Beatific Hearing

The Christian text that has been set to music more than any other—save the Ordinary of the Mass—is probably the song of the Virgin Mary designated by its initial Latin word, Magnificat (Luke 1:46–55). Churches that maintain a Daily Office sing or recite this text early every morning (in the East) or at evening prayers (in Western liturgical churches).

The narrative in the first chapter of St. Luke's Gospel describes briefly the historical occasion on which Mary's declaration of praise occurred. When the angel Gabriel announced to Mary her coming miraculous motherhood, he also informed her that her cousin Elizabeth, despite her advanced years, was six months pregnant: "Nothing will be impossible with God." Since Elizabeth had long suffered reproach for her barrenness (cf. Luke 1:25), we can imagine that Mary's hasty visit to the hill country was motivated by a desire to share in her cousin's joy, not to be congratulated for her own miraculous condition.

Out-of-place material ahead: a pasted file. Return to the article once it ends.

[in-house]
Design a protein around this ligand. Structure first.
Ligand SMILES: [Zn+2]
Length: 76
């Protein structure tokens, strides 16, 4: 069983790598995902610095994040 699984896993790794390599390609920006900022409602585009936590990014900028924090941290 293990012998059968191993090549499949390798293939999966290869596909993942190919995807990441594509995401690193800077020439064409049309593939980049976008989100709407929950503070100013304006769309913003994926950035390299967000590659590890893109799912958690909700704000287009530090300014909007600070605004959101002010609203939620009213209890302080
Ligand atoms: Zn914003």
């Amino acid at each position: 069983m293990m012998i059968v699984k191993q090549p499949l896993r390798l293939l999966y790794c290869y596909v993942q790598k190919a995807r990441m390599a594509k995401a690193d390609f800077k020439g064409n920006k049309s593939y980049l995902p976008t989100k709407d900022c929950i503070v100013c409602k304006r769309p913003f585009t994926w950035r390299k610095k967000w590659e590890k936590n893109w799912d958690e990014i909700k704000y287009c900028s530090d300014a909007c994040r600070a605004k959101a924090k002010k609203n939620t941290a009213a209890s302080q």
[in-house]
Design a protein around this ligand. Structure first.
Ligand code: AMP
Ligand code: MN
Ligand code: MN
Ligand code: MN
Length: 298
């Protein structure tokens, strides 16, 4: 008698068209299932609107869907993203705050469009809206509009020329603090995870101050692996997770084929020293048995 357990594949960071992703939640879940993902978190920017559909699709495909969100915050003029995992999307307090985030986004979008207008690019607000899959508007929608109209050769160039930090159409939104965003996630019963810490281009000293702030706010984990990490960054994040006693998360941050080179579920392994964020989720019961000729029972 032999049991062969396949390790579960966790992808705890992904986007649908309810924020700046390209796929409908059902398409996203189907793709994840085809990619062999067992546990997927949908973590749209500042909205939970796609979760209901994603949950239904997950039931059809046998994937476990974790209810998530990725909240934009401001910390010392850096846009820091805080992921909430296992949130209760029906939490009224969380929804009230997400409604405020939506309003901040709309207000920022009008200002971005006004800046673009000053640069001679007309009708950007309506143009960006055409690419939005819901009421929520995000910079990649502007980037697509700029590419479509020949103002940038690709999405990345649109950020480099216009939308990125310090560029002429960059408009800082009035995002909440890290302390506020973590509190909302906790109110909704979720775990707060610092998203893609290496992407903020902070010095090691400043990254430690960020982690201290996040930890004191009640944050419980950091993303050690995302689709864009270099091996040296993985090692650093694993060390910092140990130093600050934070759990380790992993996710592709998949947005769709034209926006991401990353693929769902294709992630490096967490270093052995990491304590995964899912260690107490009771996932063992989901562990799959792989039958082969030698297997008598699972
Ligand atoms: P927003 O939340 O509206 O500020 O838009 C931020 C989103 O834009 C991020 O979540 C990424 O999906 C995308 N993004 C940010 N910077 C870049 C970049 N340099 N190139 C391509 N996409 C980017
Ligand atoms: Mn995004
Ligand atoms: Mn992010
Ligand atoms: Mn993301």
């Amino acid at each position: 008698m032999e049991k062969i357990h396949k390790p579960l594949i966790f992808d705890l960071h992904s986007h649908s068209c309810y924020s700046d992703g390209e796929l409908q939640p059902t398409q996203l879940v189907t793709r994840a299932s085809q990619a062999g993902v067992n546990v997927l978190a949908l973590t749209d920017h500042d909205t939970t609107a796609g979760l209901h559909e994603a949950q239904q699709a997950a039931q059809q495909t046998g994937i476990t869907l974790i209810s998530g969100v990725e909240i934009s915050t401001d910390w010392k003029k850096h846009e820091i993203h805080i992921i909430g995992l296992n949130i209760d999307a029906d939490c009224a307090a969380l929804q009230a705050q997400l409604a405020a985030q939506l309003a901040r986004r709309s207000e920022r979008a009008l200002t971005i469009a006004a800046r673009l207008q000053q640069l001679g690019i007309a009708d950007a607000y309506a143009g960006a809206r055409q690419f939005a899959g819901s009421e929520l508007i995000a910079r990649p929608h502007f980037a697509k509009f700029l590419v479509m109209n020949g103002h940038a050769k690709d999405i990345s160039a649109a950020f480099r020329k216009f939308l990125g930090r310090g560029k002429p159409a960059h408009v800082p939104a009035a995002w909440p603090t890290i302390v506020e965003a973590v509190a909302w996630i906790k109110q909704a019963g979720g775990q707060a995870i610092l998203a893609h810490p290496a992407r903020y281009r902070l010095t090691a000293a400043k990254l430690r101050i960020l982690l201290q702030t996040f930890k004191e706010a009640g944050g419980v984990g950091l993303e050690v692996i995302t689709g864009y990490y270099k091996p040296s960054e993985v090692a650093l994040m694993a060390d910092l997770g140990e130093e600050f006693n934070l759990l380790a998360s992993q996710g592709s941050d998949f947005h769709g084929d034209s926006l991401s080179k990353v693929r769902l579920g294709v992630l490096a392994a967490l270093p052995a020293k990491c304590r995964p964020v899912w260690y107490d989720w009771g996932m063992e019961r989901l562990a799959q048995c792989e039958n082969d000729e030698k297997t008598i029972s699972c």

But with the arrival of Mary, Elizabeth's blessed gladness is quickly reoriented within an even more astonishing context. The joyful agitation of the very body of the blessing carried within her is the stimulus for her effusive response to her much younger—and unwed—kinswoman. After Mary's greeting, Elizabeth proclaims that Mary and the fruit of her womb are extraordinarily blessed. The Magnificat is Mary's grateful and eloquent response to the cause of her blessedness, framing her condition within the drama of God's specific redemptive work over millennia.

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Ken Myers is the host and producer of the Mars Hill Audio Journal. Formerly an arts editor with National Public Radio, he also served as editor of Eternity, the Evangelical monthly magazine, and This World, the quarterly predecessor to First Things. He also serves as music director at All Saints Anglican Church in Ivy, Virginia. He is a contributing editor for Touchstone.


more on music from the online archives

33.3—May/June 2020

Consolation in Death

Bach's Cantata BWV 106, Gottes Zeit ist die allerbesteZeit (God's time is the very best time) by Ken Myers

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